A direction that all references to Smith be removed from the Rochdale Lib Dems website (which has an extraordinary archive with cheery references to his 80th birthday and other events),
Every loyal to the party, Lib Dem Voice (which has disabled comments on Ruth's post) adds without comment the party's response to the Cyril Smith affair.

This states:
His actions were not known or condoned by the Liberal Party or the Liberal Democrats.
But that is not true. Anyone in the Liberal Party who read Private Eye would have been familiar with the allegations.

As I blogged in 2012:
I first heard of the allegations against Cyril Smith when I read them in Private Eye in 1979. The Eye had picked them up from the Rochdale Alternative Press (RAP - those were the days when any self-respecting town had an 'alternative' newspaper). ...
My instinct has always been to assume that they were true, if only because I could not see why anyone would trouble to invent anything so tawdry - he "'told me to take my trousers down and hit me four or five times on my bare buttocks" - about someone who was then only a local politician.
Of course, I did not know the allegations were true in 1979, and what was printed in Private Eye was a tame version of what has since emerged.

But those later developments cannot have come as too much of a shock to many people at the top of the party.

Wednesday, October 11, 2017

Leicestershire Conservatives condemn "Clunky, heavy, slow and smelly" bi-mode trains


When the government cancelled the electrification of the Midland main line north of Kettering we were promised new 'bi-mode' trains. These would take power from the wires as far as Kettering and then switch to diesel power.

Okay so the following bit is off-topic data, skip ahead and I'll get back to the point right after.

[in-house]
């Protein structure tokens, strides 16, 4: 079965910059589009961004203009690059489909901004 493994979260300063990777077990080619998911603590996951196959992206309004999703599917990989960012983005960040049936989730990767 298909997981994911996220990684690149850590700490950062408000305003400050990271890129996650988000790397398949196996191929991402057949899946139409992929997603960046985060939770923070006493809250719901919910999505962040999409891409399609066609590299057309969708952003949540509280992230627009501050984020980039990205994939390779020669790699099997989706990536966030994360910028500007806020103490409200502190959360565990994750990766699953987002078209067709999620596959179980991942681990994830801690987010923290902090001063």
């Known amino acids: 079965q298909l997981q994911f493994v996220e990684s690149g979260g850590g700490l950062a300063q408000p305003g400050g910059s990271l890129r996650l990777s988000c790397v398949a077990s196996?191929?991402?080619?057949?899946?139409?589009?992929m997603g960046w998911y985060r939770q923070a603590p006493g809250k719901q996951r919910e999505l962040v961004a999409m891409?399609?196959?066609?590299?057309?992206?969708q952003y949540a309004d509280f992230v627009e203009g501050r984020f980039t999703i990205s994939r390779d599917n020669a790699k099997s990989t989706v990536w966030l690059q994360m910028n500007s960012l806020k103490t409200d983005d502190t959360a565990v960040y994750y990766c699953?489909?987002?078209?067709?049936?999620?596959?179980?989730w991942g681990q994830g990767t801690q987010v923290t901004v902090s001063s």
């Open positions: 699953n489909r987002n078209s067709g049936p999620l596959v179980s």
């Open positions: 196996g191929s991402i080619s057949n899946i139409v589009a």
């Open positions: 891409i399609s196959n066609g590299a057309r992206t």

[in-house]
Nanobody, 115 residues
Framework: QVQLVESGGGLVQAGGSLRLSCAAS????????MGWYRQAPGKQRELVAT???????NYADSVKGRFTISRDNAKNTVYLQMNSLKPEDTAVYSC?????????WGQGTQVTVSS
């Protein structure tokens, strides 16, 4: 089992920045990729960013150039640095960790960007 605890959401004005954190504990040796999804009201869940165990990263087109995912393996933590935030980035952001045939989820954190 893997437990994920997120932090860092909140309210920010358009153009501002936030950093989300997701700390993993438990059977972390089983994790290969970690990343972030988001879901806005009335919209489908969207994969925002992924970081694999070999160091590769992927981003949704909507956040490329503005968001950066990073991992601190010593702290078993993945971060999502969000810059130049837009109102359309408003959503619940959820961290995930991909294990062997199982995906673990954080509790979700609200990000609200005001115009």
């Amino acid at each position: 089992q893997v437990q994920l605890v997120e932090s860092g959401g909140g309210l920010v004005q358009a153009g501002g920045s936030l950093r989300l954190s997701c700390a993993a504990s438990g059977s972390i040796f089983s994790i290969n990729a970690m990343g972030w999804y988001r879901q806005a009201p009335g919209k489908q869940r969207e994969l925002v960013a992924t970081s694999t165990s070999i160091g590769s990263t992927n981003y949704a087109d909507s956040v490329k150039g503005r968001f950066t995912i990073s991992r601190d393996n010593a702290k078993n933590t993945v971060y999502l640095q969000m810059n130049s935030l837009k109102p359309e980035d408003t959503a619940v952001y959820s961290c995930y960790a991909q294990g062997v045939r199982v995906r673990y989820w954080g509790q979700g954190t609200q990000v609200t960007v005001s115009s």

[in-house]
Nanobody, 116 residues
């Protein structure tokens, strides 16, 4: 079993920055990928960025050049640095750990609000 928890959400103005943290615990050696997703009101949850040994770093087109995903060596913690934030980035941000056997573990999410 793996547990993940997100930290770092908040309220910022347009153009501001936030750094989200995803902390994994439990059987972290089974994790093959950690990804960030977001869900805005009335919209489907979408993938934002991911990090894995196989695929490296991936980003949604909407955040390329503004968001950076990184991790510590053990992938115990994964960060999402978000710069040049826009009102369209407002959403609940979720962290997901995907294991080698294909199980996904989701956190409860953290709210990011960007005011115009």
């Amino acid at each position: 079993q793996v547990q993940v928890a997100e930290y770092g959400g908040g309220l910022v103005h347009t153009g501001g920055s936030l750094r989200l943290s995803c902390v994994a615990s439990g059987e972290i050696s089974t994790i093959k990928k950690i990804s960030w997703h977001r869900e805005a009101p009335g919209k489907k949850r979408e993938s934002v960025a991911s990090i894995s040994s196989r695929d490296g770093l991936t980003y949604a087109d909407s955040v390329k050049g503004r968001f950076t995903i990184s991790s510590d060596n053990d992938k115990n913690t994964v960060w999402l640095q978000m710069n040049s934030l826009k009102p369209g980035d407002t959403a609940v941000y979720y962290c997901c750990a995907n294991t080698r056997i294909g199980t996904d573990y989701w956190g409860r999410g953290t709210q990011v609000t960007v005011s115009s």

But Nick Rushton, the Conservative leader of Leicestershire County Council, is not impressed.

According to the Leicester Mercury, he told a recent council cabinet meeting:
"I am disappointed we are getting so-called bi-mode trains. 
"They are clunky, they are heavy they are slow and they are smelly. 
"We expected to be treated better when the day after cancellation they [the Government] could find £25 billion for Cross Rail in London."
It could be worse than that.

Theresa May, in an interview she gave to the East Midlands section of Sunday Politics - one of numerous media appearances her office had her make during the Tory Conference, thus wrecking her voice and her set-piece speech - referred to them as "bio-mode" trains.

When I asked on Twitter what this meant, someone suggested they would run on bullshit.

Now that really would be smelly.

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Ed Thornley on the prospects for the Liberal Democrats in the North of England.

"I waited patiently for my turn to come. You don’t know if you will speak until your name gets called so all I could do was sit and hope." Ryan Lailvaux made his first speech to Lib Dem Conference in Bournemouth last month.

"To be of the radical centre does not, it seems to me, mean the kind of tiptoeing towards little tweaks to the system here and there, especially when the global economic system is designed to create billionaires and to enslave the rest of us, little by little." David Boyle demonstrates how to be a radical centrist without being a centrist dad.

Kate Raworth reminds us that the game of Monopoly was invented to demonstrate the evils of capitalism.

"I do now suspect that, a couple of miles off the Irish boats, we housed a Magdalene Laundry of our own here in Liverpool." Ronnie Hughes has been researching a dark episode of local history.

Simon Williams surveys his career from James Bellamy to Lillian Bellamy.